A stubborn high pressure system has kept conditions hot and helped prevent afternoon thunderstorms from developing into something with actual rain. The airport has recorded only a trace of rain so far in August, although monsoon moisture has produced storms elsewhere in the region.

The forecast is calling for temperatures to moderate this week as storms push back into metro Phoenix and lows are predicted to settle into the 80s by midweek.

Re: Lost Battery Capacity and Range / Autonomy, Page 2

Posted: Mon Aug 13, 2012 2:11 pm
by surfingslovak
DaveinOlyWA wrote:interesting chart but i see a glaring issue with Minneapolis being warmer than Seattle. they are significantly colder making them significantly hotter in Summer and i think an analysis of sustained average temperature ranges is going to provide more accurate results.
Thanks for your comment, Dave. If you've read lukati's post above, you would see that this is exactly how it was done. There is not a lot of publicly available data out there, and we ended up sourcing temperature profiles from the same website. See further below to get an idea of how the profiles for Minneapolis and Seattle look like.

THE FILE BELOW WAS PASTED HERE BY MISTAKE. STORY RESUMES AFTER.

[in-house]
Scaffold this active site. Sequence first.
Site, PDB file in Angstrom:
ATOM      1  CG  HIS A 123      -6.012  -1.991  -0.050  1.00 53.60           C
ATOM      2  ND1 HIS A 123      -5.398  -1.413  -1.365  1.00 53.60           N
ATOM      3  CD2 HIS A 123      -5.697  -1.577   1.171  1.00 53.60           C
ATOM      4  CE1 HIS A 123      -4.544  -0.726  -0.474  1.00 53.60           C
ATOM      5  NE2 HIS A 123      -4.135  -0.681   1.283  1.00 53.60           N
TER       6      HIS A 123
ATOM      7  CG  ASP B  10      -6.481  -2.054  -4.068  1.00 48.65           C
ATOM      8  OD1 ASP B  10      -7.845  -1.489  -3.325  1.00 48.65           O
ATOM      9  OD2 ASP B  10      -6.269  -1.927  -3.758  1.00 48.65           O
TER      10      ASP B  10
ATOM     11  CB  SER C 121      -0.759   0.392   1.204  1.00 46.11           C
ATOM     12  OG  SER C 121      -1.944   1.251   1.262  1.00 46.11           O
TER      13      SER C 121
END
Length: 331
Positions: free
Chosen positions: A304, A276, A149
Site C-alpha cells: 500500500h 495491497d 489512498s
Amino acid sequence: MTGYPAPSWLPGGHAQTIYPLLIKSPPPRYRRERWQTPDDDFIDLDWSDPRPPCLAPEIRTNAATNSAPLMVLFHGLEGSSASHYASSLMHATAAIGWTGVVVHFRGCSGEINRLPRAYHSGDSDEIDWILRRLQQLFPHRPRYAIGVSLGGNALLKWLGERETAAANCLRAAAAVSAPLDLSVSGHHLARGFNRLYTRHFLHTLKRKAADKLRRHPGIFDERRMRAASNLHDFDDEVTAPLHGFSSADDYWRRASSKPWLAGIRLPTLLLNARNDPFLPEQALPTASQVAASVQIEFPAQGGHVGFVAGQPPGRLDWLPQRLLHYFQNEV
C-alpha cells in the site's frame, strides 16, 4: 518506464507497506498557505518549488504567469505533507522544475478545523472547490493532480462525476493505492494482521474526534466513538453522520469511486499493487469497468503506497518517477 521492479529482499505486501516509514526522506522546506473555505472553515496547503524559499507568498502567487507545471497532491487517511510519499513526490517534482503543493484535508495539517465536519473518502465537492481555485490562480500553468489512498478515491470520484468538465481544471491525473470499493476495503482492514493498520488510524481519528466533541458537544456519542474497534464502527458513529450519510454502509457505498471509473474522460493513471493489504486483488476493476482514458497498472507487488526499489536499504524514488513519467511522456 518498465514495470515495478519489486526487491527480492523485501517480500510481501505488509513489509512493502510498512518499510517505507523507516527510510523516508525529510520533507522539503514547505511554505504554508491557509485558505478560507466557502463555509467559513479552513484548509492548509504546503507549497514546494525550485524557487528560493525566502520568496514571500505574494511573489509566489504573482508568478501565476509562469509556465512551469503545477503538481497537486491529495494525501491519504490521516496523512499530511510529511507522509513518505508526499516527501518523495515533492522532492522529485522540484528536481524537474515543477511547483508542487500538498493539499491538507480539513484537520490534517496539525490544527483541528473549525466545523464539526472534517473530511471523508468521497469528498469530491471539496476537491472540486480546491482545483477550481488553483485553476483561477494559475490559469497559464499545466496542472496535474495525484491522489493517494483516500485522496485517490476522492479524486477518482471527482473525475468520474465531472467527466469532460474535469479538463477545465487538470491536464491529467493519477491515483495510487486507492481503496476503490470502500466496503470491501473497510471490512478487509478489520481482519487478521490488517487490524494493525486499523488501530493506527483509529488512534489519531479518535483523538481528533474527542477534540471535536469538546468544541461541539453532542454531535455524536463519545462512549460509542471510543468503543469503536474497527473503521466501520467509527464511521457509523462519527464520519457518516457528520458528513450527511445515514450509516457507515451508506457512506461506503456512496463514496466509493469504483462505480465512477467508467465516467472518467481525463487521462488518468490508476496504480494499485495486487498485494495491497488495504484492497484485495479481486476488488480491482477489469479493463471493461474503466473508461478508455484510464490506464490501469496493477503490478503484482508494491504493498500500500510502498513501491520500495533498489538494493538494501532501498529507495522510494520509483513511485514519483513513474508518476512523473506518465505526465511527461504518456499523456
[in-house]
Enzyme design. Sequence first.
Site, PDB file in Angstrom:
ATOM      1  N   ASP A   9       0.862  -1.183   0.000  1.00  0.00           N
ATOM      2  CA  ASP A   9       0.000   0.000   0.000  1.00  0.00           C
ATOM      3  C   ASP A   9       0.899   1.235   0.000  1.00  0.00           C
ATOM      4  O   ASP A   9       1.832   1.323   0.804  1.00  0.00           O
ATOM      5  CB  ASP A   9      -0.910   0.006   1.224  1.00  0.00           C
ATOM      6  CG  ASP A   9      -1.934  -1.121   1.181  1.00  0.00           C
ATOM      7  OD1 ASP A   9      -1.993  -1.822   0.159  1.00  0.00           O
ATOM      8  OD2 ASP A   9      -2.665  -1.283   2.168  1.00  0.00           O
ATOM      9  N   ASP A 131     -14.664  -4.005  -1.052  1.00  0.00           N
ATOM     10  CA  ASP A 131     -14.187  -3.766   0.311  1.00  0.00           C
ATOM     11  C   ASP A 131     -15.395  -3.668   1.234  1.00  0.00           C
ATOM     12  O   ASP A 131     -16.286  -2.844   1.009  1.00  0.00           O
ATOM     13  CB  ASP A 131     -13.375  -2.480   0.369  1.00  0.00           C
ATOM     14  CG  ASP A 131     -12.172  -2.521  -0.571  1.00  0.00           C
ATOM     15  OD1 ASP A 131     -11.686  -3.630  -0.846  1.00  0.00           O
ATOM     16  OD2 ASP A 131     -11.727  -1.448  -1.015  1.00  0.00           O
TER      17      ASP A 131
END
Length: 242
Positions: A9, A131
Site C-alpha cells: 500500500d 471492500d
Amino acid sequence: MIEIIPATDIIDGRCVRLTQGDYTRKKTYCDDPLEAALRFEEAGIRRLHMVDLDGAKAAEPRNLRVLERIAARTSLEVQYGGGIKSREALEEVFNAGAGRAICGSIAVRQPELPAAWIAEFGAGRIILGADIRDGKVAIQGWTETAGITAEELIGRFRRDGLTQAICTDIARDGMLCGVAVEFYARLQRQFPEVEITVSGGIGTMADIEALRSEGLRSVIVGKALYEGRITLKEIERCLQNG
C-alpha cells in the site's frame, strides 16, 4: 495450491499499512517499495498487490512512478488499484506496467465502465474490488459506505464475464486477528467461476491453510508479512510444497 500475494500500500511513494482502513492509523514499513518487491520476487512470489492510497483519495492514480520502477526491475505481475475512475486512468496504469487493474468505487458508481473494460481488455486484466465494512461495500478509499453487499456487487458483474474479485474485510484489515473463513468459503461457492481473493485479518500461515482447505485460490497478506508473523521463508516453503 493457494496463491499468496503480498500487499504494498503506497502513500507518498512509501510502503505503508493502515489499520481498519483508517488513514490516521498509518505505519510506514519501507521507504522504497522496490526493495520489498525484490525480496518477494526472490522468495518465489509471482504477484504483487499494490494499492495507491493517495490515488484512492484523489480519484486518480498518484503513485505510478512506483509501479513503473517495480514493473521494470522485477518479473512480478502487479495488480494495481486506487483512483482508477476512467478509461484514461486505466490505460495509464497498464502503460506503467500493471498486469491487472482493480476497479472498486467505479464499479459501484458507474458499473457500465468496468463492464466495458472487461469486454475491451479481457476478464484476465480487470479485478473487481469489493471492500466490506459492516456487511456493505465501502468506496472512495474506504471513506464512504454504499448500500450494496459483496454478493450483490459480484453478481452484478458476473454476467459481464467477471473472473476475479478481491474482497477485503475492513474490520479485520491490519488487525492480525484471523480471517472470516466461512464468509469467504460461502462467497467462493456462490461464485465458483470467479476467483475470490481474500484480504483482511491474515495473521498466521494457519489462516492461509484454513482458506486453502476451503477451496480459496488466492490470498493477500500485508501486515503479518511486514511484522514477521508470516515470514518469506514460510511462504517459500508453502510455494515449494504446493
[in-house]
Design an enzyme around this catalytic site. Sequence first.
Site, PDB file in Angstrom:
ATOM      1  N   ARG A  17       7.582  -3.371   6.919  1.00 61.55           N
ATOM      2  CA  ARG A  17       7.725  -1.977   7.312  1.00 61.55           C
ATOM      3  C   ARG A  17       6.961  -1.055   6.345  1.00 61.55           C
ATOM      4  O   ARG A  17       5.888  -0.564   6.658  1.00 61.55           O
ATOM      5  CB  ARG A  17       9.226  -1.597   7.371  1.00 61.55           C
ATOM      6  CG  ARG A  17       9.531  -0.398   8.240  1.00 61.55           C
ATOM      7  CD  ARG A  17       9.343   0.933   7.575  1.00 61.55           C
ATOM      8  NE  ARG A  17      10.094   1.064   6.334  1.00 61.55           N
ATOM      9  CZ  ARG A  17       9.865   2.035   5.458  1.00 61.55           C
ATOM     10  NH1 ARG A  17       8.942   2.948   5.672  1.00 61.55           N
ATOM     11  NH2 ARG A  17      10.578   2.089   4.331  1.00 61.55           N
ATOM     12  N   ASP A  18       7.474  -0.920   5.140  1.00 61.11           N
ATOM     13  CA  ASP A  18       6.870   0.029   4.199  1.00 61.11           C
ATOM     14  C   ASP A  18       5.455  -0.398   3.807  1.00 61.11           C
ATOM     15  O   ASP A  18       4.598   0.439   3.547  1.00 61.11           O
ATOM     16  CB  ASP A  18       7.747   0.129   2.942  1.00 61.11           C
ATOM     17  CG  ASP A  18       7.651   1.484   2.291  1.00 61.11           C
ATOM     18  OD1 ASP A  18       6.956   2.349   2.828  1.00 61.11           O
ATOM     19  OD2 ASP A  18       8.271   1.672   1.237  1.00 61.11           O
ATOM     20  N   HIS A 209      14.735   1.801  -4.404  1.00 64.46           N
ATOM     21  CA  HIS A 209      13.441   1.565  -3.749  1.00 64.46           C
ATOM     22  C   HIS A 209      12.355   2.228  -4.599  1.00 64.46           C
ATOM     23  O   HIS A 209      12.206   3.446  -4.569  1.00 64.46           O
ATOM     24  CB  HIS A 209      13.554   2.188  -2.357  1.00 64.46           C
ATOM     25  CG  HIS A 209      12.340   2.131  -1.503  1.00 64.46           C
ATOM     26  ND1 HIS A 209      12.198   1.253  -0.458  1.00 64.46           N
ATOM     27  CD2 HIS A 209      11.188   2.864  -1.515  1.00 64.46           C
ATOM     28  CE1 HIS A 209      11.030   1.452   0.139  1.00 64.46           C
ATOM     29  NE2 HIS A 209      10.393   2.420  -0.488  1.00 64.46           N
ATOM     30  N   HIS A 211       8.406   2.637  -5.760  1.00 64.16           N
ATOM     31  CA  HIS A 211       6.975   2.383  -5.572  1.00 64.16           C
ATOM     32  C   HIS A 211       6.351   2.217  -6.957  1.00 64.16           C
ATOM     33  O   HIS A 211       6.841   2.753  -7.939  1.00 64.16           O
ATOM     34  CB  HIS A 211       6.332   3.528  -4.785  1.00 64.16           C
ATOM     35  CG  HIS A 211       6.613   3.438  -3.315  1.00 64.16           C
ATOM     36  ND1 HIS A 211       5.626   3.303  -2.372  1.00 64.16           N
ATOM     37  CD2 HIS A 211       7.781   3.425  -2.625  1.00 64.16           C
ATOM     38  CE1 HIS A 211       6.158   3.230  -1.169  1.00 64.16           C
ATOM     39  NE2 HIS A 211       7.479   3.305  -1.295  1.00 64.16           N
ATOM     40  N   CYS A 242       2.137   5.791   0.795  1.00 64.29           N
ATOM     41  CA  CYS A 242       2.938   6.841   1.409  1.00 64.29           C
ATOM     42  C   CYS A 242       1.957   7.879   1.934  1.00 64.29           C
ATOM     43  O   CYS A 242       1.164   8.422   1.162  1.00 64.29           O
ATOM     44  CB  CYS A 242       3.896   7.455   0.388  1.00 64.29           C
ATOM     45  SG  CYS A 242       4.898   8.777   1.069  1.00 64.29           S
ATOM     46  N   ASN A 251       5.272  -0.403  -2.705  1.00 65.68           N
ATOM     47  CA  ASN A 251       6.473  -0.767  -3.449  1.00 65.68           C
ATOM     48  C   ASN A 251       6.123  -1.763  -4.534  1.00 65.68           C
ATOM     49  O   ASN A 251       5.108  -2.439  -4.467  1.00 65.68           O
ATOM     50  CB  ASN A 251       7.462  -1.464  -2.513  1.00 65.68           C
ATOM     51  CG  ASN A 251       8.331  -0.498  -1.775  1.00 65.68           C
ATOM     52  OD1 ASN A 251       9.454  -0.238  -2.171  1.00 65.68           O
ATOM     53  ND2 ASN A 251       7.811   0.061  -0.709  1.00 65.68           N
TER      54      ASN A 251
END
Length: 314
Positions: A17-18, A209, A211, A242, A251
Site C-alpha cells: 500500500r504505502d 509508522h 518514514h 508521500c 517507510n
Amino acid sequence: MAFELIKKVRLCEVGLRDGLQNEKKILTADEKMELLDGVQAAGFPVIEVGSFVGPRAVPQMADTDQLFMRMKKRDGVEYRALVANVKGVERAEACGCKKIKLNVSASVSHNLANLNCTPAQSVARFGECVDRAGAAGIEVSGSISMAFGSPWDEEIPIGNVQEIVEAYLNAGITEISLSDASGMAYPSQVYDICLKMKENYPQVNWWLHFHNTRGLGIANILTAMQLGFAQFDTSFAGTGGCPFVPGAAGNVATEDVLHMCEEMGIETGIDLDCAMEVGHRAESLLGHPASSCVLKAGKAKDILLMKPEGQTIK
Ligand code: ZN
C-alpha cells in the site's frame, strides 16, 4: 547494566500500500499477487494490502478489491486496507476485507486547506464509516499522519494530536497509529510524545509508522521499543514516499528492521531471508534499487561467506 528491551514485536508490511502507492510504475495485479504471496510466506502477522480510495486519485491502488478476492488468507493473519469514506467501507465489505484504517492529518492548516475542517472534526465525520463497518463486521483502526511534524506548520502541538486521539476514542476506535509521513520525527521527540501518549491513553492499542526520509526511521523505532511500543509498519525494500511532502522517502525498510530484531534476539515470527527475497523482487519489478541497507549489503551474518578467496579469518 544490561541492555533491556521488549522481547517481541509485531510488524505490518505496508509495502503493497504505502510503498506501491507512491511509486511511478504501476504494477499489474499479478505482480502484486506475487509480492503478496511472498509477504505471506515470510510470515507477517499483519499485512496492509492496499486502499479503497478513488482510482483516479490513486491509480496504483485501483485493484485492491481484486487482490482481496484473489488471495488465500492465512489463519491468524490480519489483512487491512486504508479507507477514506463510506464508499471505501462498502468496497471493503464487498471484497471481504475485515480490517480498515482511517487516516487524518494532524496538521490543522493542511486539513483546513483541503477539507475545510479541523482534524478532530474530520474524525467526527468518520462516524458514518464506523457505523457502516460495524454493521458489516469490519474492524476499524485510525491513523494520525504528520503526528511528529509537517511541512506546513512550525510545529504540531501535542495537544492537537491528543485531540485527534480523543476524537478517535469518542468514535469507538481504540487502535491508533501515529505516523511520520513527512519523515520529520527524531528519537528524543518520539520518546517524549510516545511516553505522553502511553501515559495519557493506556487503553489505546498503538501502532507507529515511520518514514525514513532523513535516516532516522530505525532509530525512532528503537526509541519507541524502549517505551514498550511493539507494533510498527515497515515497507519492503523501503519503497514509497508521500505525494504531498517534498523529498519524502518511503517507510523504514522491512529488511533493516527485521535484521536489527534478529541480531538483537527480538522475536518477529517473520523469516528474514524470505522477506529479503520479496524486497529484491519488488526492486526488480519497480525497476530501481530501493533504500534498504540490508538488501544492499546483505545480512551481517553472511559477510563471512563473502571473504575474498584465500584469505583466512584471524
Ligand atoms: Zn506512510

While we certainly can debate the validity of this data, I'm confident about the value I calculated for Minneapolis. It's within a degree or two of an empirically measured effective isothermal temperature published in a recent NREL study. It's so close that it can't be a coincidence.

As I said earlier, while I enjoy reading all comments on this board, I don't always agree with them. Especially if they are not based on hard data and models we can all compare against field data. Aside from Minneapolis and Seattle, this model predicts that both Hawaii and Florida are pretty hard on batteries. It should be interesting to see if and when we will get the first reports of lost capacity from there.

I don't mean to criticize, since you have a lot of EV experience, but I believe that we need to move away from a gut-feel approach to something more material and comprehensible to new EV owners. Tony demonstrated how it's done with his range chart. It's easily understood and very valuable. I wish Nissan came up with that, instead of their weasel response that "there is an infinite number of range scenarios".